There are two kinds of assessments that are pertinent to teachers of reading and their professional decision making about children and learning. We hear about “Summative” assessments through news outlets. These yearly tests of achievement also end up on the transcripts of our students / children. They are used to gather evidence of a child’s progress toward grade completion and school graduation.
“Formative” assessments on the other hand may or may not be a test as such, but they are much more frequently done and are much more valuable to the parent or teacher. These are the measures that indicate the direction that instruction / experiences should take to enhance the education of a given child or group of children, right NOW.
Today I would like to suggest a one item formative assessment that every teacher should be using every week for every child. In fact this “test item” should be used by all parents with children, from preschool through high school.
That blanket recommendation is because this assessment will offer the clearest insight into a child’s progress toward actually becoming fully EDUCATED.
What do you love to read, right now?
It’s an open ended question that invites the child to let the parent or teacher know both whether a child has come to value reading, and what kinds of books or periodicals will KEEP a youngster on the path to the wonderful, lifelong education that avid reading provides.
Children who answer from a heart full of love for reading, show it in their eyes as they light up in recollection of where the love came from and in anticipation of the next interaction with that beloved text or that kind of book. They may excitedly pull this week’s “love” from their desk or backpack. From this single answer, parents and teachers know immediately what kinds of reading material those children must have within easy reach … at least for this week.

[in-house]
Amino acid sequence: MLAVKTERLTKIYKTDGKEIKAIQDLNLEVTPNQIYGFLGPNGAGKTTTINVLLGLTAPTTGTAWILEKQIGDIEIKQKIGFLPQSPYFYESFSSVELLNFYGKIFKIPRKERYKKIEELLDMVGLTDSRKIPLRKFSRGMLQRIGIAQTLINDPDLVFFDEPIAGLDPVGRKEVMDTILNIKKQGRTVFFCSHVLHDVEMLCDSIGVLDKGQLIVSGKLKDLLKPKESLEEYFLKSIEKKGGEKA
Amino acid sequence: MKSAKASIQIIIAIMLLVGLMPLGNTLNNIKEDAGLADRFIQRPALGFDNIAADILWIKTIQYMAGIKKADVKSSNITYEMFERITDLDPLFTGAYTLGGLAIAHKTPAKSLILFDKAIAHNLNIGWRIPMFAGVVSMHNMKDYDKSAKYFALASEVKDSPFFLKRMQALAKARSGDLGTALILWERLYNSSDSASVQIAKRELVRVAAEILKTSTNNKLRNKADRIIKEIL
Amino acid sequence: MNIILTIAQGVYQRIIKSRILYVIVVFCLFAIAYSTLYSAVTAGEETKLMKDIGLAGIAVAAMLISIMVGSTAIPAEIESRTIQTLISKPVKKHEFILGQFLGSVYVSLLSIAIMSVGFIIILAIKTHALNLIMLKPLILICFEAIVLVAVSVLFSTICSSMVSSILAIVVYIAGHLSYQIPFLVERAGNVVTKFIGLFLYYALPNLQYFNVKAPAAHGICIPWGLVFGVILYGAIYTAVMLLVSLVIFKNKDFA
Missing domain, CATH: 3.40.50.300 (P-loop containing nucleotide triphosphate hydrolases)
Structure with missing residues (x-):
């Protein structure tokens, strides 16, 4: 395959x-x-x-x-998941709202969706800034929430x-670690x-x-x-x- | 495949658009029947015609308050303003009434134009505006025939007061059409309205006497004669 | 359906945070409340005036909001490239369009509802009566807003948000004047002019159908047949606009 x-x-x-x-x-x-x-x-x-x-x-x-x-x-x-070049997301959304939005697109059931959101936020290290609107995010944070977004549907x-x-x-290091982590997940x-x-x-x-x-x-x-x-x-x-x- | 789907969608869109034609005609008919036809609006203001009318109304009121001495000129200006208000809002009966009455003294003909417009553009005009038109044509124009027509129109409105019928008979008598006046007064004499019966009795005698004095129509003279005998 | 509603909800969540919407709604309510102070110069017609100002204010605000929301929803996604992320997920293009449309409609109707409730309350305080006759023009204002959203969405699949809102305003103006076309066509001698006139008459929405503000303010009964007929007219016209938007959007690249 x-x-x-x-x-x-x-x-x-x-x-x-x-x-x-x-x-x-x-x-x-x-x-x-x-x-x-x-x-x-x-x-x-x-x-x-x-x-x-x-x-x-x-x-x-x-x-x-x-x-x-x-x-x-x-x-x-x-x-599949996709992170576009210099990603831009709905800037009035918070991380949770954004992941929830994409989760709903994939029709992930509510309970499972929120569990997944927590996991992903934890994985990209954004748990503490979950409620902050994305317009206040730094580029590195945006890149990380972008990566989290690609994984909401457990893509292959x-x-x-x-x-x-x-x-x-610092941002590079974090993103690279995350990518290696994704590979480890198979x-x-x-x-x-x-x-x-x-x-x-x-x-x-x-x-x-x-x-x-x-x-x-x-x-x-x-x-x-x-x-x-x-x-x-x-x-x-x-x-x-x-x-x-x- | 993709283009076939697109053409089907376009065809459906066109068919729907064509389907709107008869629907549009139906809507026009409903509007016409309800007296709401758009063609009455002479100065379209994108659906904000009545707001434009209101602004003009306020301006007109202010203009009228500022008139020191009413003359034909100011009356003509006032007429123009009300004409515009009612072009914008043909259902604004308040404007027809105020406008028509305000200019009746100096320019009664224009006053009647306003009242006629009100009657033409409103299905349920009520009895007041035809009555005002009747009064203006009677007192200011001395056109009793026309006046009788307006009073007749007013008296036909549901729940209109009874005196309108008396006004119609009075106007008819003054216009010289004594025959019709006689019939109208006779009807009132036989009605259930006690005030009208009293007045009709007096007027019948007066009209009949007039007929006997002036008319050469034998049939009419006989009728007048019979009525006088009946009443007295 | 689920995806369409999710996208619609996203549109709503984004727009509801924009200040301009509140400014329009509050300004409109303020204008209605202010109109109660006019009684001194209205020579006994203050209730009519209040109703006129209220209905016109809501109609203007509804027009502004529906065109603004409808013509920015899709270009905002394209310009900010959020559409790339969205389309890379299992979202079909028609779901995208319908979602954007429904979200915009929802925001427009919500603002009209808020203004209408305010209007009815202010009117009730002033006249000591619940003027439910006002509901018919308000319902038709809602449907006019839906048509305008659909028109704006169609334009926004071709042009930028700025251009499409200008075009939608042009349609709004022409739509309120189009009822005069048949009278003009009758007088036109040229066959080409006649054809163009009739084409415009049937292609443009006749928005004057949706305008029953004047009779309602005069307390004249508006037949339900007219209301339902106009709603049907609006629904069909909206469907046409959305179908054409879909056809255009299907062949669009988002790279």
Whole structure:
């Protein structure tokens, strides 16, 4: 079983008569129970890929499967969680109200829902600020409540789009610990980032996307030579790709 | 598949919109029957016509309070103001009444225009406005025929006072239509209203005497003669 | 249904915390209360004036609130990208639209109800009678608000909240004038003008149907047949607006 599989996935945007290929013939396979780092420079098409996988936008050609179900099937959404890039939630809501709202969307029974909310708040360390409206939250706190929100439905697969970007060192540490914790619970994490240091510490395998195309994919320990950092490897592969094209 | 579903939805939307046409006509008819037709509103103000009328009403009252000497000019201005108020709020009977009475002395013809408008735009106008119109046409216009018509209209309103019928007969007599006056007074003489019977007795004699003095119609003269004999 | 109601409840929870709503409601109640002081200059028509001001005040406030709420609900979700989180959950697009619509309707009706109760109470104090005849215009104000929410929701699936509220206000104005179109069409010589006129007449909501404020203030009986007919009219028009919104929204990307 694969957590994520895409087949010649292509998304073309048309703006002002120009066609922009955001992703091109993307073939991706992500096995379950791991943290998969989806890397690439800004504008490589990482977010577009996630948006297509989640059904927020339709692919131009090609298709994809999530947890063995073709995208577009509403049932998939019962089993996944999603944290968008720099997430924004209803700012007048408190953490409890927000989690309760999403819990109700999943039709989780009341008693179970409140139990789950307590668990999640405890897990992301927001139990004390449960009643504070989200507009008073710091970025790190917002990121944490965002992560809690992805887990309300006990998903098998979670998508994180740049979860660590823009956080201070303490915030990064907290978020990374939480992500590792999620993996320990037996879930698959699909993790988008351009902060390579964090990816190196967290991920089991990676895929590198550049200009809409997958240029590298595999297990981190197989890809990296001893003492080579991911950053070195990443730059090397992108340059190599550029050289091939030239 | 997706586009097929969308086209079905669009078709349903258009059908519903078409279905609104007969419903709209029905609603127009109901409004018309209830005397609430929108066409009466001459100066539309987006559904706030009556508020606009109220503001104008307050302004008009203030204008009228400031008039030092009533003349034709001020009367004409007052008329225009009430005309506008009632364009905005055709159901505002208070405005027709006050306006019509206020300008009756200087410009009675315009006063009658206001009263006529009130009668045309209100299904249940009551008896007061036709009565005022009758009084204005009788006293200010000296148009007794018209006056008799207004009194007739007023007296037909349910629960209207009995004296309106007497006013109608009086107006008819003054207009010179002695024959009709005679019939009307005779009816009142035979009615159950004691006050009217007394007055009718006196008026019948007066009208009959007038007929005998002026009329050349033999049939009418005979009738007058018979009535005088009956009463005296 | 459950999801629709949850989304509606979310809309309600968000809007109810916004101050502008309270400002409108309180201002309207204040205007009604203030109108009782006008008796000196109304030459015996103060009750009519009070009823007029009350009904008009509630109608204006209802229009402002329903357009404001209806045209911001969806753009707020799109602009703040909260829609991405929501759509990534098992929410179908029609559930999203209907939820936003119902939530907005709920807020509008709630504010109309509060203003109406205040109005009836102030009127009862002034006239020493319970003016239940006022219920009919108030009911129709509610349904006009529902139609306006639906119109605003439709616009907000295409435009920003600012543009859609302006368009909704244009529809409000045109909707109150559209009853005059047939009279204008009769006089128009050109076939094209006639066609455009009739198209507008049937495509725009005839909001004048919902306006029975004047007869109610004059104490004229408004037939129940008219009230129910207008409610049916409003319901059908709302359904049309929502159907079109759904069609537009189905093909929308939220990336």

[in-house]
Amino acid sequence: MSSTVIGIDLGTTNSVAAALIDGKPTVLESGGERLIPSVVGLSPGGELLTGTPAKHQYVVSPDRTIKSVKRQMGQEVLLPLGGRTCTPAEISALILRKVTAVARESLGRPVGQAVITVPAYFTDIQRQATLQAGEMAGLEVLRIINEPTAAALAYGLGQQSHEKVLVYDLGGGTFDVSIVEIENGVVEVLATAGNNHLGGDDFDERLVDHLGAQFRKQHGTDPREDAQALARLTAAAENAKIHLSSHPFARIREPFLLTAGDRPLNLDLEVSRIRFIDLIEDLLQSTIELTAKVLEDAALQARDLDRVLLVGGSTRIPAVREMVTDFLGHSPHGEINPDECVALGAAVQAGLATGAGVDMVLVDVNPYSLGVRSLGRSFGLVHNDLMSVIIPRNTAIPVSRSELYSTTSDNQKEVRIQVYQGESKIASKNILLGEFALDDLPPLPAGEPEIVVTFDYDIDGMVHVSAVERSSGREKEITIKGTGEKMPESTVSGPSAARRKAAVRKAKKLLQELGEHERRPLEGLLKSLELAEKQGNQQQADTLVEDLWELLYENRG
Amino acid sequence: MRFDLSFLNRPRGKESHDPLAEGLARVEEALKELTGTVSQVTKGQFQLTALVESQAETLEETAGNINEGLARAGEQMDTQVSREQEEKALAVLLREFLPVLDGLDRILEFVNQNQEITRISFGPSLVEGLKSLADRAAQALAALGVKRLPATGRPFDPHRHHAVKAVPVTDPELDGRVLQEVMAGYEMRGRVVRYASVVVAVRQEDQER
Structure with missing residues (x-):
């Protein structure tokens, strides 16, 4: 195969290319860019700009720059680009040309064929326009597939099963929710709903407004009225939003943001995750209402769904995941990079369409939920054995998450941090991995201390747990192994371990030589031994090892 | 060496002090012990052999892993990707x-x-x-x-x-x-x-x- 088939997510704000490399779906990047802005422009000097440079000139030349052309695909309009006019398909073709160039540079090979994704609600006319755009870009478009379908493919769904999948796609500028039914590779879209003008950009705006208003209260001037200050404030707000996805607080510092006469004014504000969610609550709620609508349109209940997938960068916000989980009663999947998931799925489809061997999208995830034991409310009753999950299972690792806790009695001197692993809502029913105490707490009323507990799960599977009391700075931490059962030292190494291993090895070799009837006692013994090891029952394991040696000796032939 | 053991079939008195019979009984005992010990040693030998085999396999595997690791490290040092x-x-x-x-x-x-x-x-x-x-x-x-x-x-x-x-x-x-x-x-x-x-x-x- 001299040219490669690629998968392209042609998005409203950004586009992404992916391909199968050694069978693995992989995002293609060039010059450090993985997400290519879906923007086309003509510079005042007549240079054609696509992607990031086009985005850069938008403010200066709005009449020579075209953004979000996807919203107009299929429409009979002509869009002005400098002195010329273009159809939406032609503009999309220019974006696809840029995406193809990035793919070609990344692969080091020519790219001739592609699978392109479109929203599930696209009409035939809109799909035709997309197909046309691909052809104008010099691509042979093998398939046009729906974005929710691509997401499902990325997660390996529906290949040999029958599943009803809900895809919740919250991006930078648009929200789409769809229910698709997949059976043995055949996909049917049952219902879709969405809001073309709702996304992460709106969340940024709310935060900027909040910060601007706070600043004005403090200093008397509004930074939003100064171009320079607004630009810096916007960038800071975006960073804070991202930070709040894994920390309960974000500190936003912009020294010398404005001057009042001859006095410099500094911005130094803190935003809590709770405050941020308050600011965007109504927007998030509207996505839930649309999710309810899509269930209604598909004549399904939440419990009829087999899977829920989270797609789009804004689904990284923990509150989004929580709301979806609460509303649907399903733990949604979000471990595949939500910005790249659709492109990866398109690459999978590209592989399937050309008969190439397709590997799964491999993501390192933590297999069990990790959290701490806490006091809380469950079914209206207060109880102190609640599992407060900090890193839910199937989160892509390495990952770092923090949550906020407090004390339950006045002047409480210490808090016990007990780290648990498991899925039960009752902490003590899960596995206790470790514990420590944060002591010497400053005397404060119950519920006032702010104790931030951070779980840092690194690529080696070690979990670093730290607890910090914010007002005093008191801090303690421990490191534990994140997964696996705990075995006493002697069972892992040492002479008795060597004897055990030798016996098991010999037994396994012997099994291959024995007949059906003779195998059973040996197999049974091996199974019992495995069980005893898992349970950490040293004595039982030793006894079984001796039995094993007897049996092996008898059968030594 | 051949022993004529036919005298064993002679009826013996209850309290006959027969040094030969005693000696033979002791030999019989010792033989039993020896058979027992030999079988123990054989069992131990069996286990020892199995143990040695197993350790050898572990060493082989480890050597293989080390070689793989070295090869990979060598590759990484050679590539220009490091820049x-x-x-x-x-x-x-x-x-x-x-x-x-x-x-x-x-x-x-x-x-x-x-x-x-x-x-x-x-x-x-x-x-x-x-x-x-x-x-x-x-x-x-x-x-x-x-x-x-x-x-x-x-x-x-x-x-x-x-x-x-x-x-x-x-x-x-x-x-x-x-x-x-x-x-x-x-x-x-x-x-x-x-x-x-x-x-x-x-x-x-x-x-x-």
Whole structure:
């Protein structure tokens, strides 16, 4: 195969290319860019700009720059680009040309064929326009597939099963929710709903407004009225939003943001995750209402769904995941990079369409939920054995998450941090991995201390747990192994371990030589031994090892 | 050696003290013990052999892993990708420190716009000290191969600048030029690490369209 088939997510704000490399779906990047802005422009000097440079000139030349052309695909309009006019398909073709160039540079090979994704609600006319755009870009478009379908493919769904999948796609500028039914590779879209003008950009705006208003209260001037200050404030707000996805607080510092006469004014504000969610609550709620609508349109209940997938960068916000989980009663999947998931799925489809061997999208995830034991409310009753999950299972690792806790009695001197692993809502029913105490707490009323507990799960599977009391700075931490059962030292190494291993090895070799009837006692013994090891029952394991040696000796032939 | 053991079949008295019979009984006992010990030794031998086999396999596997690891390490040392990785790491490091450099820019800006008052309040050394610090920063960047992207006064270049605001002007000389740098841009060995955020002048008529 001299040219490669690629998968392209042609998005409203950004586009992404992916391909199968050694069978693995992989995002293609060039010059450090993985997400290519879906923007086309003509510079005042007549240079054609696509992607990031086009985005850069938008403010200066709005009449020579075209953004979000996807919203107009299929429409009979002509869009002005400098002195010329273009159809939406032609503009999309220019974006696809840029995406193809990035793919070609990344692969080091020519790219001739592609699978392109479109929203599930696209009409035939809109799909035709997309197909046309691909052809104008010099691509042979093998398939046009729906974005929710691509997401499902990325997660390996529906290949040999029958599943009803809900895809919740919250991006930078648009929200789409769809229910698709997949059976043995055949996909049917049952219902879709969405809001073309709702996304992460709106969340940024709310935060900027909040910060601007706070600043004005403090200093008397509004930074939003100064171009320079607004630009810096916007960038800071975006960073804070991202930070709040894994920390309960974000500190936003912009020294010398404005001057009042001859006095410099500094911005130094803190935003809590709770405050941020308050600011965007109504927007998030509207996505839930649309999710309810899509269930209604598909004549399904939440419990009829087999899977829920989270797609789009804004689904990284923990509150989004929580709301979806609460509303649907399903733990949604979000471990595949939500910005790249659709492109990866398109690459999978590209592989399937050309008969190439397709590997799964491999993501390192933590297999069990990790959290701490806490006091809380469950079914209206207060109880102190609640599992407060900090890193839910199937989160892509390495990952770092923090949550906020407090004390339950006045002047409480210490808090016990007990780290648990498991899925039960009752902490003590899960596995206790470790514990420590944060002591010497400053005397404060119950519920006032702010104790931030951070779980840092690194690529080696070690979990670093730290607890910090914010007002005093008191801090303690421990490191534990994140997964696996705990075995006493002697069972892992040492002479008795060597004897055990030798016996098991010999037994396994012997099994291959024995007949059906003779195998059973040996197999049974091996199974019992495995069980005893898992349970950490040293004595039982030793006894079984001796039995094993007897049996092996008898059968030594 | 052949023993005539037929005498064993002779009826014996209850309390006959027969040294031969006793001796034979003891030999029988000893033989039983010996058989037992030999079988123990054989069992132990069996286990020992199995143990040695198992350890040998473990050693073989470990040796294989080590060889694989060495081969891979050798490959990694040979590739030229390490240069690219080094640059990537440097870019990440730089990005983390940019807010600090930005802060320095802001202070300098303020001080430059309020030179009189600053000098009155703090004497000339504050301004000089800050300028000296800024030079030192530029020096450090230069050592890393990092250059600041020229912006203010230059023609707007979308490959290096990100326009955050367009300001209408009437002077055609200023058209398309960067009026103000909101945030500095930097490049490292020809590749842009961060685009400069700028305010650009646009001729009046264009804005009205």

Children who don’t love to read will pause dramatically, stammer or wave around the same still-unread title every week.
As a parent or teacher who is confronted with this kind of response I would drop just about everything and begin the process of finding the book or other reading material that will connect (or reconnect) the children with a joyful ownership of their own learning.
Sadly, while this may very well be the single most important assessment that we adults can make of a child’s progress toward success in life and work, its statistics are never reported in the newspapers nor do they appear on their transcripts. That’s because this single, valuable formative assessment item is asked by only the few truly great reading teachers in this world … and rarely, if ever, shared beyond fellow teachers and the children’s parents.
That’s something to think about, especially if as parents and educators we really are more serious about providing a good education for our children than we are about competing for some fleeting school, state or country status or rating.